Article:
Meta-culture is even more useless as it is aimed at internalizing the specialized vocabularies created through categorizing culture to group identities. It is not only a useless egotistical exercise, but also quite pernicious as well. Analyzing analyses of culture and then critiquing them for political conformity used to be for aspiring Marxist poets singing marching songs from the Spanish Civil War. Now it's for everyone. Ten years from now, we will spending three times as much on education and most students will have trouble with basic math and literacy, but will immediately be able to look at a Bugs Bunny cartoon and determine whose narrative it privileges. (Hint: White men.)
We can still send a probe to Mars and stream live video of it to the world from servers to handheld devices not because of our wonderful standard collectivist education, but because we have still retained enough of a legacy of competence from previous generations. It's the same reason that the Soviet Union still had classical ballet. Even so about the only things we make anymore are programs from companies created by college dropouts in fields that boomed before they were standardized. Our innovation doesn't come, as Obama claims, from education. It comes from men escaping education.
Innovation comes from competence. To innovate, you have to not simply know about a thing, but you have to know how to take it apart and put it back together again, and then put it down dissatisfied with its limitations. Innovators rebel against conventions, not as the reflexive Catcher in the Rye teenage pout against society, but because it can be made better. True innovation is the function driven pursuit of higher degrees of empowerment.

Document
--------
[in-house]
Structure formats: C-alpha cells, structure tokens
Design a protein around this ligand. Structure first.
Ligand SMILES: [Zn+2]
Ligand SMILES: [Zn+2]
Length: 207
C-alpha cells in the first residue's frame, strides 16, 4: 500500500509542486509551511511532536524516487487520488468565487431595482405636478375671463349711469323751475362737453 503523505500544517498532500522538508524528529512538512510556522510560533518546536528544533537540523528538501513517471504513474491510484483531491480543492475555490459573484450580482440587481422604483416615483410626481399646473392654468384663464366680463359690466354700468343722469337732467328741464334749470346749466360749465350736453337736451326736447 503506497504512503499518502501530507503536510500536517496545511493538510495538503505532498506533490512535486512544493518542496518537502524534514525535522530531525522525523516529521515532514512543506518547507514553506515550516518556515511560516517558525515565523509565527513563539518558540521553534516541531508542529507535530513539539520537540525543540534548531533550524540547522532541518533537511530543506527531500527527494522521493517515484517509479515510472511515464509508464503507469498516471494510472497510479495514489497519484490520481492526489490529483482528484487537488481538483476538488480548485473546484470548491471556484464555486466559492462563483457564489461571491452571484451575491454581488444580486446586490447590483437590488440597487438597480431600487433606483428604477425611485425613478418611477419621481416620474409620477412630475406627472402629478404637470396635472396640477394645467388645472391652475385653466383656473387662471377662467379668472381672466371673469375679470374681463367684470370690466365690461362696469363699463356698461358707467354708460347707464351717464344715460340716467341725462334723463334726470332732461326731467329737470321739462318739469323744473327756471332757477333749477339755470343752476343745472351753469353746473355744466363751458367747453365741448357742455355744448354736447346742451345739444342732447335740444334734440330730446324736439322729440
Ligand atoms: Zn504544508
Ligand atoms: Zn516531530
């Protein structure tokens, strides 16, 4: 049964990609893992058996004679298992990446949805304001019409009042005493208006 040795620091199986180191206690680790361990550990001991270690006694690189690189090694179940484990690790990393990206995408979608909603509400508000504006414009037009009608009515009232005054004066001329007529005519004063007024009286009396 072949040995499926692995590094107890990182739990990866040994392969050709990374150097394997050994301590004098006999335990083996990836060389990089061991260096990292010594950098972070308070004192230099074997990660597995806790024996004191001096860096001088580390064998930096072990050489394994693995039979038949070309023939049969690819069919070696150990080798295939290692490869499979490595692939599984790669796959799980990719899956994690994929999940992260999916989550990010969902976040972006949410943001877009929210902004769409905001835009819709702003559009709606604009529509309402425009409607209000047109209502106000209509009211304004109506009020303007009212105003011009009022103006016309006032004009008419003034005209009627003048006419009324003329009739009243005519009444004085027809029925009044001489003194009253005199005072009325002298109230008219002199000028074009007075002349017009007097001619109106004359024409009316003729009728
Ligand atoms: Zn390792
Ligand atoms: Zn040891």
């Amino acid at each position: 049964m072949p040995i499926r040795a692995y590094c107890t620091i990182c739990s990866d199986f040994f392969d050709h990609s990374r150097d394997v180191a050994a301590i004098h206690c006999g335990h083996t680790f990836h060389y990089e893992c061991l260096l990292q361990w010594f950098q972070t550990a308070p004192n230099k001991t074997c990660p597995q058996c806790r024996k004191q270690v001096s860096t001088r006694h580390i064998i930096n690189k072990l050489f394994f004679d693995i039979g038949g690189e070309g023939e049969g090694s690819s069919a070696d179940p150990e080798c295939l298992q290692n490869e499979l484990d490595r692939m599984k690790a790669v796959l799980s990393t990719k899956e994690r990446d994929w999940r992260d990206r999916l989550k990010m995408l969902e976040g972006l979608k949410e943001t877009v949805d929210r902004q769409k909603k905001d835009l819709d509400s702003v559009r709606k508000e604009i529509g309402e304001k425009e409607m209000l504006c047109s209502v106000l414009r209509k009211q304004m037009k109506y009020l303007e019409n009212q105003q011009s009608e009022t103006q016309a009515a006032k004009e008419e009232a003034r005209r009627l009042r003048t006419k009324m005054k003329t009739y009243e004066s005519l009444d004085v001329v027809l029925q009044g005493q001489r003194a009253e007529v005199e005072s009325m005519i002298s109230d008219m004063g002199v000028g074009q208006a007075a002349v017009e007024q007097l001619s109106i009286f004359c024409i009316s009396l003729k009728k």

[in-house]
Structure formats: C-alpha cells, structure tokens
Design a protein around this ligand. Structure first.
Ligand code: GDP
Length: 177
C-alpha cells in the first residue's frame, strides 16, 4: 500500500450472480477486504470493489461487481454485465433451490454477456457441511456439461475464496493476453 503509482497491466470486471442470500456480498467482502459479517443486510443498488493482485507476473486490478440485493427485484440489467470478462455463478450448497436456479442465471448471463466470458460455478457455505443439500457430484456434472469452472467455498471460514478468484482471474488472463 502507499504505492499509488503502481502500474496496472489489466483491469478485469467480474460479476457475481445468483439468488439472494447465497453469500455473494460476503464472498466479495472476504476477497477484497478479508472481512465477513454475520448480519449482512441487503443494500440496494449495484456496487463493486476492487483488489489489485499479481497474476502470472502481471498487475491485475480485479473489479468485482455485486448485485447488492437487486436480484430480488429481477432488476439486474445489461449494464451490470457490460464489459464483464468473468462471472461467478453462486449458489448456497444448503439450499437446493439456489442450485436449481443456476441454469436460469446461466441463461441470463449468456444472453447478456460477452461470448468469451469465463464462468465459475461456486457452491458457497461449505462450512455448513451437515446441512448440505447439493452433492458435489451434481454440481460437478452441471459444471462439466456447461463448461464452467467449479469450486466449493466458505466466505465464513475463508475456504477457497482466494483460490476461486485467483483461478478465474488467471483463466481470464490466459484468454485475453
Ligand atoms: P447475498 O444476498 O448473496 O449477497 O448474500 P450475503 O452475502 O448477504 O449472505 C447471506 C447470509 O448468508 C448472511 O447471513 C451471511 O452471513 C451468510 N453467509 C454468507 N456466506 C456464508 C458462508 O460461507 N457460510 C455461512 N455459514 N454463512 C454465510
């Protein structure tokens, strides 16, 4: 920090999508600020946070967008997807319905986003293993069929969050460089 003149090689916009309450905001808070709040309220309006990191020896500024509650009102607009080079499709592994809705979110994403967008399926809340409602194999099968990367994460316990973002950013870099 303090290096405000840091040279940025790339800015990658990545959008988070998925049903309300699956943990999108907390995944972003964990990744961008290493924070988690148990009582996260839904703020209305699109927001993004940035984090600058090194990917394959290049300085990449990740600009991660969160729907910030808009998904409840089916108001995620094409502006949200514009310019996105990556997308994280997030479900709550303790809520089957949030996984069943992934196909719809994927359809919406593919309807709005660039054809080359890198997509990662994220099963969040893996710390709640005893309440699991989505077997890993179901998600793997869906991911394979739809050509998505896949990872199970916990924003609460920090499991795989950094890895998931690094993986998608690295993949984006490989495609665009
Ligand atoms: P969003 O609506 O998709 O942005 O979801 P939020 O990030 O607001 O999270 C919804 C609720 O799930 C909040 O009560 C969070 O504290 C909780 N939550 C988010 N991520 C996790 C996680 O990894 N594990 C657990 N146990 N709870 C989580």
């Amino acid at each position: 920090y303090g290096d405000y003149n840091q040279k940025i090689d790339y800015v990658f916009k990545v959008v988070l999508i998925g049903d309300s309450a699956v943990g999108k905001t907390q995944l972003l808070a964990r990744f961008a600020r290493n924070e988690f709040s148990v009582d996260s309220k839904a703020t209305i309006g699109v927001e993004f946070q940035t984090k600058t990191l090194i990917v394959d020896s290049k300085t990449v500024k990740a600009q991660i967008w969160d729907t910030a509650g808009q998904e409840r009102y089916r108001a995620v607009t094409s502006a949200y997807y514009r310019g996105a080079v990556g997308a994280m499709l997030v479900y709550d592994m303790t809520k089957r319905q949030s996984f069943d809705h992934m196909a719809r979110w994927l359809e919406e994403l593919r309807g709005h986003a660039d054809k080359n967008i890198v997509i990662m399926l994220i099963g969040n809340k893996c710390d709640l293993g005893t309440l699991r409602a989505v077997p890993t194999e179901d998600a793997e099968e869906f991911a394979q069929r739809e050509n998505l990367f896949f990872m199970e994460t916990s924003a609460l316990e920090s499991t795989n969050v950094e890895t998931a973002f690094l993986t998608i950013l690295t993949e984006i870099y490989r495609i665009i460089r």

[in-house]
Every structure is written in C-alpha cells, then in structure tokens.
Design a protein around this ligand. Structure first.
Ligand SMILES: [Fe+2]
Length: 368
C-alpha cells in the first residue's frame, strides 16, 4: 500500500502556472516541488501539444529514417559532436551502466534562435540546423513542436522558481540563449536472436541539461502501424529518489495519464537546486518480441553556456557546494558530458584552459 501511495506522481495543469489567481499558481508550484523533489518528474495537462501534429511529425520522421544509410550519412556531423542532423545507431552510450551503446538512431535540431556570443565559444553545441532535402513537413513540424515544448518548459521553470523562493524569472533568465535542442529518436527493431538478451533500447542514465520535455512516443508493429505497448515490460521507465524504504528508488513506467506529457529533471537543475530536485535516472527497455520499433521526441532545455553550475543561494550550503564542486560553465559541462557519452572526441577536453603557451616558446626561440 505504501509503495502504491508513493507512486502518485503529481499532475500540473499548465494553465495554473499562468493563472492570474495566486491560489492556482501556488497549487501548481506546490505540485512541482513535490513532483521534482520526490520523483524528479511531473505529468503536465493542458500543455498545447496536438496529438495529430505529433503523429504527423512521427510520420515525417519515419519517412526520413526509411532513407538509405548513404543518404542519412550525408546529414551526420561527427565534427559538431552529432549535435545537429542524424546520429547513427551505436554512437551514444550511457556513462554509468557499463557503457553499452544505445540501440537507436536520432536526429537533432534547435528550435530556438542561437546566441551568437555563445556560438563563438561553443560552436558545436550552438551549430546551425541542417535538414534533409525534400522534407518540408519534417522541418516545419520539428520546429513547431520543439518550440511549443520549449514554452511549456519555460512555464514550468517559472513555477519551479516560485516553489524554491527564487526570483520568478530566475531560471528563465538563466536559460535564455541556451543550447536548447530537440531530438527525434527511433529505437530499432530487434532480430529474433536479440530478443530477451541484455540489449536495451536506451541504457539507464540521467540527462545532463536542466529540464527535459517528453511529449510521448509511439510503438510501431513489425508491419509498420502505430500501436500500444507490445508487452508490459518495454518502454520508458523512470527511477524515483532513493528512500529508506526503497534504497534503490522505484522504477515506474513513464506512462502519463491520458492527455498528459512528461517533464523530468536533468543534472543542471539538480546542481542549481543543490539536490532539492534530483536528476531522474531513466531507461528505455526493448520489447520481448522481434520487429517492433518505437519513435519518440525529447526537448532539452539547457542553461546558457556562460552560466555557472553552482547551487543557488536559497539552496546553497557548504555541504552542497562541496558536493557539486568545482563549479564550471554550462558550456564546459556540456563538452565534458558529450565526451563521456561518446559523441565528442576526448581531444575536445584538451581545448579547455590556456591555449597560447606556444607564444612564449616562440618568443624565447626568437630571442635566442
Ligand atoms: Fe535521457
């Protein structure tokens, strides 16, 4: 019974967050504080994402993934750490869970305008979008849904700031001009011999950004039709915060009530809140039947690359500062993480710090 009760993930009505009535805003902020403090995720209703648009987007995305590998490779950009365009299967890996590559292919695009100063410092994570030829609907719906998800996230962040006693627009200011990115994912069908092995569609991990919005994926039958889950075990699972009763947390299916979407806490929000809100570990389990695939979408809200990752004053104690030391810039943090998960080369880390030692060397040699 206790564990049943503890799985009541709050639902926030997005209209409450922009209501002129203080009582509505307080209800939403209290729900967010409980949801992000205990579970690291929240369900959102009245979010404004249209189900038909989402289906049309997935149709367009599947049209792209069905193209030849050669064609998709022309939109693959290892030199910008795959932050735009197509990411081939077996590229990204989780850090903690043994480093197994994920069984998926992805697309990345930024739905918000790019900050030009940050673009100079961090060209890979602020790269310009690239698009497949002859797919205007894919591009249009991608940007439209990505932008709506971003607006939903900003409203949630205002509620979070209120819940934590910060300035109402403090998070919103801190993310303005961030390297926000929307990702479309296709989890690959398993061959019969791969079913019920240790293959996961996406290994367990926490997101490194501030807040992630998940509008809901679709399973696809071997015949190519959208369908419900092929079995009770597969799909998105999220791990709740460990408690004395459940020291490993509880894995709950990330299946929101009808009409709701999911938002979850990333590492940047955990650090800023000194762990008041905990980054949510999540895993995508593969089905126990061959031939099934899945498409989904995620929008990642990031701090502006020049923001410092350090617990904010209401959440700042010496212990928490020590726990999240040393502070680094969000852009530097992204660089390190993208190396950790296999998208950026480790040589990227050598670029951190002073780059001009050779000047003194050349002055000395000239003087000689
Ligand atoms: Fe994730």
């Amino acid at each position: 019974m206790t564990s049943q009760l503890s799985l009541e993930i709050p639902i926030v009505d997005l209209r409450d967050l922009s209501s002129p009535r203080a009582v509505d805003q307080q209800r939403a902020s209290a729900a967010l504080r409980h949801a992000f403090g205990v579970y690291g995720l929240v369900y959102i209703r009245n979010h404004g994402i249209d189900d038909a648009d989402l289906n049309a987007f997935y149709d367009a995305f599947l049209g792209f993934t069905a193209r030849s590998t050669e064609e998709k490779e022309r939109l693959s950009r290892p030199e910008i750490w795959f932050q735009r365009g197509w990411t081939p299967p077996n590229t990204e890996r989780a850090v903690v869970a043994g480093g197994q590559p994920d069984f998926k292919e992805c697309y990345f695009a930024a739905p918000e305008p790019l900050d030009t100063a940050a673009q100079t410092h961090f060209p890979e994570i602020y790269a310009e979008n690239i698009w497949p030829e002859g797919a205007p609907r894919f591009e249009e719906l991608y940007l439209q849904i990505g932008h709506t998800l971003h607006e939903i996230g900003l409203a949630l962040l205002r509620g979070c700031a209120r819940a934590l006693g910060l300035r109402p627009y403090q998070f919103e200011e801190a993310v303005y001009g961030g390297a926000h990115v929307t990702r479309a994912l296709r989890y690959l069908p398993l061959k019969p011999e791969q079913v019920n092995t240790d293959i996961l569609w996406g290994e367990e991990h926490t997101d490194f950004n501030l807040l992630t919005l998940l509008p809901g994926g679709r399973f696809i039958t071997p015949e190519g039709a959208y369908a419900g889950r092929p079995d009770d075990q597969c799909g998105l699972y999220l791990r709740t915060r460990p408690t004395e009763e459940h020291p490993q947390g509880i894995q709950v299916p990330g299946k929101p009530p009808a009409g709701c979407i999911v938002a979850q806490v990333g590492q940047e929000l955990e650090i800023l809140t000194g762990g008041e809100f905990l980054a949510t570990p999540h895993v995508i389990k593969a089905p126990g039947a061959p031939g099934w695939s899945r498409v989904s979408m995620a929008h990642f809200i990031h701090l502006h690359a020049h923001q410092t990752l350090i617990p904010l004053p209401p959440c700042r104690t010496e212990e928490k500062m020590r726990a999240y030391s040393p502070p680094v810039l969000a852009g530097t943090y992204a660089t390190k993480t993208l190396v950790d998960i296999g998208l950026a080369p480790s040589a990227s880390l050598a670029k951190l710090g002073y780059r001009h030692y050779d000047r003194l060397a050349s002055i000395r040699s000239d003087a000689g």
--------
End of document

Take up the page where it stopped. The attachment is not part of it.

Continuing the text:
Competence need not be all that dramatic. It is as simple as understanding the value of a thing, a skill that most people seemed to possess back when consumerism wasn't an indoor sport and purchasing meant buying the things that you needed to work and live. It means being able to count, whether it's the total on the cash register or the interest rate, with all the fine print, on a student loan. It also means understanding how a politician is promising to screw you, when he talks about our need to invest more in education, housing or balloon animals.
A society with universal competence is an achievement society. It is a place where things get done because the people have the skill to do them. They do not have the same skills, and they don't need to have them. Standardized education leads to standardized drones, not competent individuals. Ability is personal and skill is learned. Who you are informs what you do and what you do informs who you are. Education is information, but competence is identity.
Above all else, a society of competent men and women is self-ruled. Competence is the core of independence while standardized education is the essence of collectivism. Once you know how to do something, you are less likely to be awed by men and women who only know how to rule over others. Once you know how to do something, you have achieved a measure of pure freedom.
An America with even more universal education will not be any more competitive, it will be less so. There is only so much money available for 24.4 billion dollar education budgets, or the 500 billion dollar equivalent of it when applying the same per-child spending ratio nationwide. And when that pyramid of debt sinks into the sand, we will have a great many people with a passel of degrees and less useful skills than most Stone Age aborigines.
But an America with universal competence would mean a return to the country that was where the economy was driven by individual skill and learning ability, rather than by collective programming. And that is the only kind of nation for which the Constitution would be more than just pretty words, but serve as the guarantees of an actual limited government. That great nation existed once and it still exists even among the ruins of the government cradle-to-grave state. All it needs is the freedom to do.
Daniel Greenfield is a blogger, columnist and freelance photographer born in Israel, who maintains his own blog, Sultan Knish.